Queensferry bridge sets record as longest free-standing cantilever
Contractors building the £1.3bn Queensferry Crossing have set a new record by creating the the longest free-standing cantilever in the world at 644m. The structure will become the longest three-tower, cable-stayed bridge in the world. The bridge deck sections are edging closer and closer by the day as engineers come close to linking the deck sections at the north and south sides of the bridge. When the weight of a 750 tonnes bridge section is lifted the deck deflects by 4m giving the impression the two decks will not meet. Once work is complete on the project in June 2017, the new Queensferry Crossing will stretch 2.7km in length and will include three single column towers and approach viaducts. Galliford Try is part of the four-company consortium that includes Hochtief, Dragados, and American Bridge of Pittsburgh in the US building the main motorway bridge over the Firth of Forth under a £790m contract. The structure will become the longest three-tower, cable-stayed bridge in the world and also by far the longest to feature cables which cross mid-span. This innovative design provides extra strength and stiffness, allowing the towers and the deck to be more slender and elegant.
Scotland, 8th September 2016 – Bridges connect communities, cultures and challenges, while facilitating the daily living together. Doka UK is actively participating in the construction of the Forth Replacement Crossing. A spectacular bridge that will mean a whole new era for public transportation in Scotland. This new bridge sits along two other iconic bridges, the UNESCO World Heritage site, Fowler & Baker muscular designed Rail bridge built in late 1880’s and the elegant and beautiful Forth Road Suspension bridge which opened in 1964.
Let’s learn a little more
Transport Scotland is currently financing the build of a 3rd and new crossing known as the ‘Forth Replacement Crossing’ bridge, a different bridge design to its two close neighbours and will be the longest three tower cable stayed bridge in the world. Forth Crossing Bridge Constructors (FCBC) consortium are constructing the bridge directly creating over 1200 jobs on this project, plus a large number of sub contract and supply order opportunities for Scottish and UK companies.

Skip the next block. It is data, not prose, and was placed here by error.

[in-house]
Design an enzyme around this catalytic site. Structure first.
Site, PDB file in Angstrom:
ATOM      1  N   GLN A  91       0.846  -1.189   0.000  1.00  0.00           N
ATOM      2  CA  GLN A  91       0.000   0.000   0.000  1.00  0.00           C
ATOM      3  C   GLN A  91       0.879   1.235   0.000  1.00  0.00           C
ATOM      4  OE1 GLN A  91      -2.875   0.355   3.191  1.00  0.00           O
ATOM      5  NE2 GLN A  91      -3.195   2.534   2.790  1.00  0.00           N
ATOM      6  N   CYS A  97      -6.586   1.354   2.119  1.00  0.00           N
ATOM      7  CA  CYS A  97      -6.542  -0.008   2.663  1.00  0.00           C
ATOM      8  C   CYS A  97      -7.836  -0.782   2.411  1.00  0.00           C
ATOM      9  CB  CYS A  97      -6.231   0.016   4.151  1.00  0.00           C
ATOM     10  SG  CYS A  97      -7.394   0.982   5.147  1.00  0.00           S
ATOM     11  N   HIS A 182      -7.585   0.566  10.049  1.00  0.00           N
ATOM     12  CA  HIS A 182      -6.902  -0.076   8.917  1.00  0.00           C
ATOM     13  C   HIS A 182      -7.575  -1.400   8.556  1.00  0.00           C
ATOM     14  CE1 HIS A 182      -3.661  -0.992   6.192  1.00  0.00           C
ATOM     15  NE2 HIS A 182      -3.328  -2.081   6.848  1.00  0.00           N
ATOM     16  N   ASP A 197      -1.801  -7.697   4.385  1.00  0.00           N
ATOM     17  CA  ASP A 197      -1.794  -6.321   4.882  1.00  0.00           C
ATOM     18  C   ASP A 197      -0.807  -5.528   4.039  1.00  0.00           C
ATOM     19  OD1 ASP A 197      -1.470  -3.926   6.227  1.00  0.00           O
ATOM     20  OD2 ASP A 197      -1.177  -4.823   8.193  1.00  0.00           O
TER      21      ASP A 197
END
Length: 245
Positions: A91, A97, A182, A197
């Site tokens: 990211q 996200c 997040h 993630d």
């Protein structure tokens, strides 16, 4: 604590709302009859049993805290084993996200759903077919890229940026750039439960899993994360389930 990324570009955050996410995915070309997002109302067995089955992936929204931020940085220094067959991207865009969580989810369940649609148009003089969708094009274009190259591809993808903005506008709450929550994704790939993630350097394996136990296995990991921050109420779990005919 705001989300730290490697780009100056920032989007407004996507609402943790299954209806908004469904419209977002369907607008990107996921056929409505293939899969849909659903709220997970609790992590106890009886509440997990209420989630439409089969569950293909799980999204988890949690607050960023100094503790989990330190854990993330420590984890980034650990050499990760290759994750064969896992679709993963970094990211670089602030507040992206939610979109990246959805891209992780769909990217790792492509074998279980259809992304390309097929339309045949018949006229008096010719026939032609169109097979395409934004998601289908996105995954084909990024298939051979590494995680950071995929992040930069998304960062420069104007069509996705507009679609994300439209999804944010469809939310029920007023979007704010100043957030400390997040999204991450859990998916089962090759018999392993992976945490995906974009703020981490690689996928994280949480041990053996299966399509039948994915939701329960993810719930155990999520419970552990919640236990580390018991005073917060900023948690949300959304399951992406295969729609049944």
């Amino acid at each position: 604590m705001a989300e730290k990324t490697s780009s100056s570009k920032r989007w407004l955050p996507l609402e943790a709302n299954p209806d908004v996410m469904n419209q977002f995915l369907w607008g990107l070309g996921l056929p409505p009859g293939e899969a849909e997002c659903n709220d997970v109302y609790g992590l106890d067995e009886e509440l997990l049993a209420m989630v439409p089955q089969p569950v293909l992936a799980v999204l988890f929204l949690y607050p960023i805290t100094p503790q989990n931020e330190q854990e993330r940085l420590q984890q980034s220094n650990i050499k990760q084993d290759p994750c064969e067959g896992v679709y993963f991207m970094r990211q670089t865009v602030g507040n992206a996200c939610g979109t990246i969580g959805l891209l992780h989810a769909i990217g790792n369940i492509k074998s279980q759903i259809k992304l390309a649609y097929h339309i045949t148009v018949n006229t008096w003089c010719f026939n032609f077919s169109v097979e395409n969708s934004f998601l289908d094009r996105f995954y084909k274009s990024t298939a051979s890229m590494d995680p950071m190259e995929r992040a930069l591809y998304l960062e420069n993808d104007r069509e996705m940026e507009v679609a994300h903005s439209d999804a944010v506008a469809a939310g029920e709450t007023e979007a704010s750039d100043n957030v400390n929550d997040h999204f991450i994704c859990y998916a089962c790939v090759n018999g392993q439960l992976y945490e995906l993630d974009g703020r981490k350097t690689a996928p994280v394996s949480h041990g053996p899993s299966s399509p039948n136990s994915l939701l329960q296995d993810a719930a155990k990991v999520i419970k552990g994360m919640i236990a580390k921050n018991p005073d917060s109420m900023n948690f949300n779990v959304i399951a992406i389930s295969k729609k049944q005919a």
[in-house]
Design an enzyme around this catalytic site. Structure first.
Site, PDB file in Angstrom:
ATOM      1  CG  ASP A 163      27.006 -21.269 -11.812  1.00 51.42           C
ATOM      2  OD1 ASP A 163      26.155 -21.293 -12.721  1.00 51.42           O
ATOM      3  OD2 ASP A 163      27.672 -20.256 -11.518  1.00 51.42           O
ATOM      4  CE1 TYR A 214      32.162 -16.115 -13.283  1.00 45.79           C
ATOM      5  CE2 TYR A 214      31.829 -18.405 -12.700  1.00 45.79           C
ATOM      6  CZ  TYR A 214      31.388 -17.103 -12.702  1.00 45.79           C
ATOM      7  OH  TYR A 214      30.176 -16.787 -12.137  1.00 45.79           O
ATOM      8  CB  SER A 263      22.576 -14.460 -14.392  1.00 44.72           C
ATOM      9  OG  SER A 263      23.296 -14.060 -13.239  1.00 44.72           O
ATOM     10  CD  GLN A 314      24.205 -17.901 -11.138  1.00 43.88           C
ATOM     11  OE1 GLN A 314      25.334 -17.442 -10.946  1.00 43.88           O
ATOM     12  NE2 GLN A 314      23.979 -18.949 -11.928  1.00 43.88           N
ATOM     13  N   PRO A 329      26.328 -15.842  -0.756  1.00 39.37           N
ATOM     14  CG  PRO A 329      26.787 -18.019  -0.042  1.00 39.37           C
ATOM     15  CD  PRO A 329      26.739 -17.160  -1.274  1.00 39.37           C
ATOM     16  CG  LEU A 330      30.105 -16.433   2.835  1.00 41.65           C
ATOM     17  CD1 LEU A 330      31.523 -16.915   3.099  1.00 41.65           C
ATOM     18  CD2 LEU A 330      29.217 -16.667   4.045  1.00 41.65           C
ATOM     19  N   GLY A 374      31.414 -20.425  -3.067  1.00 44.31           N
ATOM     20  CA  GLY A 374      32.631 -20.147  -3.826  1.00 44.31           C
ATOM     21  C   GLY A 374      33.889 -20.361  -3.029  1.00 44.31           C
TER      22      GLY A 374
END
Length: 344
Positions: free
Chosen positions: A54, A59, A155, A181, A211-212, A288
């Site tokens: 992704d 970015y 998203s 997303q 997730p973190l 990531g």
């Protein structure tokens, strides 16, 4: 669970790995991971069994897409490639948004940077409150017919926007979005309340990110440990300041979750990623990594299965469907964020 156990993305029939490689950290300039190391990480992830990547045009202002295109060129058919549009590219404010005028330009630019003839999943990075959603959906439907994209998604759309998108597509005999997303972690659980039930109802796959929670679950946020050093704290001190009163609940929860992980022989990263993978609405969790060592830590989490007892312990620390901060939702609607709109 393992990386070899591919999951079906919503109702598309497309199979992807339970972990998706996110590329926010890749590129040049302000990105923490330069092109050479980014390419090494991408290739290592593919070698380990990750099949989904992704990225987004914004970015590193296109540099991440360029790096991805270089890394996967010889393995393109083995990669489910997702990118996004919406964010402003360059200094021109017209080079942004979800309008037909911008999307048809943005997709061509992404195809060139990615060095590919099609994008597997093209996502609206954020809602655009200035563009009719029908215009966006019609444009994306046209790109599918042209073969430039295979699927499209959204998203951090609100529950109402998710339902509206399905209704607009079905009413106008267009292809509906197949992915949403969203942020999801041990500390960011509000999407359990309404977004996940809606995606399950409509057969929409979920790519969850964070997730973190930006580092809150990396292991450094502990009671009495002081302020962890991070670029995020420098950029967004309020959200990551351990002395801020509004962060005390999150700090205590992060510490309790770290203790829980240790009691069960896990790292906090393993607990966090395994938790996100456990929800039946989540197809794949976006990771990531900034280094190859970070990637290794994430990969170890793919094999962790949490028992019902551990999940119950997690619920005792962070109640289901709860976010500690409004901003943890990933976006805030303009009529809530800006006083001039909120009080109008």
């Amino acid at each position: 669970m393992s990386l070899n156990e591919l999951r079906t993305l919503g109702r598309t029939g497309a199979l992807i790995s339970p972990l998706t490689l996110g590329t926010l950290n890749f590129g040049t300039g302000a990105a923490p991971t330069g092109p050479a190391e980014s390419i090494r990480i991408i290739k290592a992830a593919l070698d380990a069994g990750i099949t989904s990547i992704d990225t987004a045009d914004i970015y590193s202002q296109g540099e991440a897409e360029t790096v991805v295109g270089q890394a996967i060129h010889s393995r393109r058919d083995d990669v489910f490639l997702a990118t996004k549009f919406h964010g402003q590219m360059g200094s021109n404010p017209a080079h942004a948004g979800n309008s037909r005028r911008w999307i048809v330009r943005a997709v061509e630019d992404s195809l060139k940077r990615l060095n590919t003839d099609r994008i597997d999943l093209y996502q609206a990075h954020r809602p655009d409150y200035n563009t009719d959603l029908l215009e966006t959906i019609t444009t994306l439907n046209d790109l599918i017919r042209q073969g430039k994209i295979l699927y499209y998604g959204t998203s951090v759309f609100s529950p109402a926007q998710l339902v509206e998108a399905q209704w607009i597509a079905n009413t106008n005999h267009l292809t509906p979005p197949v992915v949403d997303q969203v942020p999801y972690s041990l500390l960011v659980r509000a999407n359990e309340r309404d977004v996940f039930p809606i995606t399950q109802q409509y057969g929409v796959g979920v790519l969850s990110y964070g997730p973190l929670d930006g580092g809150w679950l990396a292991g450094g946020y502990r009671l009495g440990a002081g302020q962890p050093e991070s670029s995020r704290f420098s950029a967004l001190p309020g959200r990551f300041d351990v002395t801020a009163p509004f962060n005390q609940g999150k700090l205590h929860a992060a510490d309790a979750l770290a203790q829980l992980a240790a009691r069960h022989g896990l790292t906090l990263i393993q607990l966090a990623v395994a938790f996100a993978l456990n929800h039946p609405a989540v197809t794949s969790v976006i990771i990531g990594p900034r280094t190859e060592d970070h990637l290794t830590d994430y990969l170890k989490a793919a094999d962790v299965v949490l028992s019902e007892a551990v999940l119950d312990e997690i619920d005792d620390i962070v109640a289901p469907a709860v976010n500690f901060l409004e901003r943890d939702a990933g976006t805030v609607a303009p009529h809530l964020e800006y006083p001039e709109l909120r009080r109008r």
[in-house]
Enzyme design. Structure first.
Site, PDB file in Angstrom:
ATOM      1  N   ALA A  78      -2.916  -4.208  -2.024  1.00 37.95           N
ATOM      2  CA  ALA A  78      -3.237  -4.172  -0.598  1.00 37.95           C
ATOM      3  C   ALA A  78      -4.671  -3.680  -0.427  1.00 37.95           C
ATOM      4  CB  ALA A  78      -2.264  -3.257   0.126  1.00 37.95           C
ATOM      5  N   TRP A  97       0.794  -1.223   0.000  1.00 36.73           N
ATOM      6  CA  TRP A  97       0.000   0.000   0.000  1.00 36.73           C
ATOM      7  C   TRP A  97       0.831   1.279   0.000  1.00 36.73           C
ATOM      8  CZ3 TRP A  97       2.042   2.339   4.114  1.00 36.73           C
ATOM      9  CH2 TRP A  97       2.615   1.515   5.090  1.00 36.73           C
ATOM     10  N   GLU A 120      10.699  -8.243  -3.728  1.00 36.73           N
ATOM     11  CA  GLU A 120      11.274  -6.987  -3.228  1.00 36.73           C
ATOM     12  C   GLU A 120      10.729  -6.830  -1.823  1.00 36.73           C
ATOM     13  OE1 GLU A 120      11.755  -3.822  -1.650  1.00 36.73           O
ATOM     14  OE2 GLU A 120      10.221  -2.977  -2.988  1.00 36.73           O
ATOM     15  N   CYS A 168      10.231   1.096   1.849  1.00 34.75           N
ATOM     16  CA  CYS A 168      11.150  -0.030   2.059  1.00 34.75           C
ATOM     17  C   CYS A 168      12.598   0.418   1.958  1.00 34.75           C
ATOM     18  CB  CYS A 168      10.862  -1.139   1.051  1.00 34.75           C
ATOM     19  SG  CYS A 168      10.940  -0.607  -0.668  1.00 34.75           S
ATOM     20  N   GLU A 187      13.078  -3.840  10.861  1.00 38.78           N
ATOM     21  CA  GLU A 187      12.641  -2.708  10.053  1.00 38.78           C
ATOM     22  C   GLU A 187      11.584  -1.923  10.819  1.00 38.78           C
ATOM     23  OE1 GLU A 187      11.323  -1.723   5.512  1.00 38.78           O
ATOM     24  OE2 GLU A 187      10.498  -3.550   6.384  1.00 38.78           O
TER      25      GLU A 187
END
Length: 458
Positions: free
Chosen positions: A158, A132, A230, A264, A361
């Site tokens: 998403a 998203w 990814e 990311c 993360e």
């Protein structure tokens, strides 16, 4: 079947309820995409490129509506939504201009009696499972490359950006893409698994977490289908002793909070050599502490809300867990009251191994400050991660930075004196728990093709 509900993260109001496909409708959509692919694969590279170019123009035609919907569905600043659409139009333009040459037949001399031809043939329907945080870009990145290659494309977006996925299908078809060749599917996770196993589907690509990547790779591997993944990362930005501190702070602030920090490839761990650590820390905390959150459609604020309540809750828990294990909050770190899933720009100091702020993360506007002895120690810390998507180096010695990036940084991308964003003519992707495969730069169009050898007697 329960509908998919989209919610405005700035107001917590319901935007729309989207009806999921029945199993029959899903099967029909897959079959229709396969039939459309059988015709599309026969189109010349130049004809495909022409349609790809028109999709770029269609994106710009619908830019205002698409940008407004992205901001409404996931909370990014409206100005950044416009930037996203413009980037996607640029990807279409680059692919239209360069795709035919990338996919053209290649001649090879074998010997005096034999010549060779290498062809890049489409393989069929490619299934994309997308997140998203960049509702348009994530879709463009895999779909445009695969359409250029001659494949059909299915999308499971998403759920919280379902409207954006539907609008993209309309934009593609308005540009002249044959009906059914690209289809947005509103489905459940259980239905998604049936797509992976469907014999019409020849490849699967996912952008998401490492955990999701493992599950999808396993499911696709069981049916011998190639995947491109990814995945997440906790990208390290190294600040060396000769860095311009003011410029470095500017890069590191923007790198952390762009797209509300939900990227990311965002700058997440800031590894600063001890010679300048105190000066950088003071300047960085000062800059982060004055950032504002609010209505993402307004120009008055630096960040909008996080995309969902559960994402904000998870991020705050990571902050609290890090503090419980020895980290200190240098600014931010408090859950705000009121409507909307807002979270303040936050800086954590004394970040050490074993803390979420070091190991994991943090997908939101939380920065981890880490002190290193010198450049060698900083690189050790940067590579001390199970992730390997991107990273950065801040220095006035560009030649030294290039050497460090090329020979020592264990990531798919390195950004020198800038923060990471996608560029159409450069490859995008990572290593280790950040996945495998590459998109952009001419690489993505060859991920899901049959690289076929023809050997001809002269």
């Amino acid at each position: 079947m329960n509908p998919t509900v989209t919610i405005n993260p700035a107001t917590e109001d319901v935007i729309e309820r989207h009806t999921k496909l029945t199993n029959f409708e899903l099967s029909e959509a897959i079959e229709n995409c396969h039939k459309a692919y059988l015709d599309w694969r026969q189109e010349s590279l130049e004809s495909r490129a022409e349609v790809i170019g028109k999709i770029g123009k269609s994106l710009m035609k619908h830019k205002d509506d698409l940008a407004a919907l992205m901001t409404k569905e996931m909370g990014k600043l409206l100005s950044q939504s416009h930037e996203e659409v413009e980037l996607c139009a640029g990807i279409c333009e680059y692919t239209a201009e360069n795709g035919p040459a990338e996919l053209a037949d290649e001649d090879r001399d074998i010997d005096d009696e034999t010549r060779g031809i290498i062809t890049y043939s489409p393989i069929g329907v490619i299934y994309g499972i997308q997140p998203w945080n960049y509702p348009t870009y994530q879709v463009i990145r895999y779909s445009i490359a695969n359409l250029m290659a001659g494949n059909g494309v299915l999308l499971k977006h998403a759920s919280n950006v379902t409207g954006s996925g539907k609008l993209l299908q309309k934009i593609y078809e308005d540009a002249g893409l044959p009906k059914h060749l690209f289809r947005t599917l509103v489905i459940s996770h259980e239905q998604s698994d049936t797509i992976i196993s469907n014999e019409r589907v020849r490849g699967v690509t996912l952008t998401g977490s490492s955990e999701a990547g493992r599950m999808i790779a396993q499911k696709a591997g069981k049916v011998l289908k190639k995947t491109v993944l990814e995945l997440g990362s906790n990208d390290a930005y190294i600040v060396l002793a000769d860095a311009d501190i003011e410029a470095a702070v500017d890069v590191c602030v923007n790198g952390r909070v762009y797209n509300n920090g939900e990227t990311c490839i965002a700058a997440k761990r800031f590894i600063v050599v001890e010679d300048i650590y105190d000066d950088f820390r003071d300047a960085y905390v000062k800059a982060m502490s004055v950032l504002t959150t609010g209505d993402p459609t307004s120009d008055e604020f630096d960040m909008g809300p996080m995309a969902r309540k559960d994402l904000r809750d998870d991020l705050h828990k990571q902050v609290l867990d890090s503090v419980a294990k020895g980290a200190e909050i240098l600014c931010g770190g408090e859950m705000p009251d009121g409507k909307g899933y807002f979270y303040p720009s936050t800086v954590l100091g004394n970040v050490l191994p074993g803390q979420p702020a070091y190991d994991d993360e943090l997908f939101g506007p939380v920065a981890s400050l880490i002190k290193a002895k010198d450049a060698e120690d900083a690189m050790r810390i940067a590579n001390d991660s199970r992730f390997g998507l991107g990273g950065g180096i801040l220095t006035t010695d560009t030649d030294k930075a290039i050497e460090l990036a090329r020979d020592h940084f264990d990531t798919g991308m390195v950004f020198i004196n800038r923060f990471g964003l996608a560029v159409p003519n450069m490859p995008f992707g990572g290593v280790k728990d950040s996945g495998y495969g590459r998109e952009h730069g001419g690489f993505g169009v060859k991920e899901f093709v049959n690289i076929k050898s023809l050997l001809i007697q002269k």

For the latest from the construction site you can also visit the Queensferry Crossing section of the Forth Bridges website provided by the Forth Bridges Forum, of which Transport Scotland is a leading member. To access more key facts about the Forth Replacement Crossing, including information about the progress of the bridge and connecting roads, including an overview of the Intelligent Transport System and the benefits for public transport; visit http://www.forth-bridges.co.uk/queensferry-crossing.html.
Key Project timeline
- December 2007 Government’s decision to provide an independent replacement bridge at an estimated costs between £3.2 – £4.4 bil with an outturn completion in 2016.
- Between January and August 2008 review of the route options was undertaken, identified that improvements should be based on the road corridors utilising the A90/M90 north of the Forth (North Corridor Option 1) and the M9 Spur south of the Forth Road Bridge (South Corridor Option 1).
- Continued appraisal of the condition and potential of the Forth Road Bridge has provided confidence that the existing crossing can make a contribution to the project. The conclusion the existing Road bridge is not capable of meeting the future needs as the main crossing but can support future public transport requirements and accommodate non-motorised users (pedestrians and cyclists).
- The opportunity to use the Forth Road Bridge in this way has allowed the development of a flexible, narrower replacement bridge of high quality and significantly reduced cost.
- The revised scheme cost estimate is between £1.72bn and £2.34bn (see Section 8), an overall reduction of broadly £1.7bn in cost compared to the previous proposal.
- The construction of the recommended scheme has a lower environmental and carbon footprint in relation to embedded carbon, reflecting the maximised use of existing infrastructure, and better supports the development of public transport.
- The Managed Crossing Scheme offers opportunities for complementary measures by local transport authorities, including the utilisation of existing and future Park & Ride facilities.
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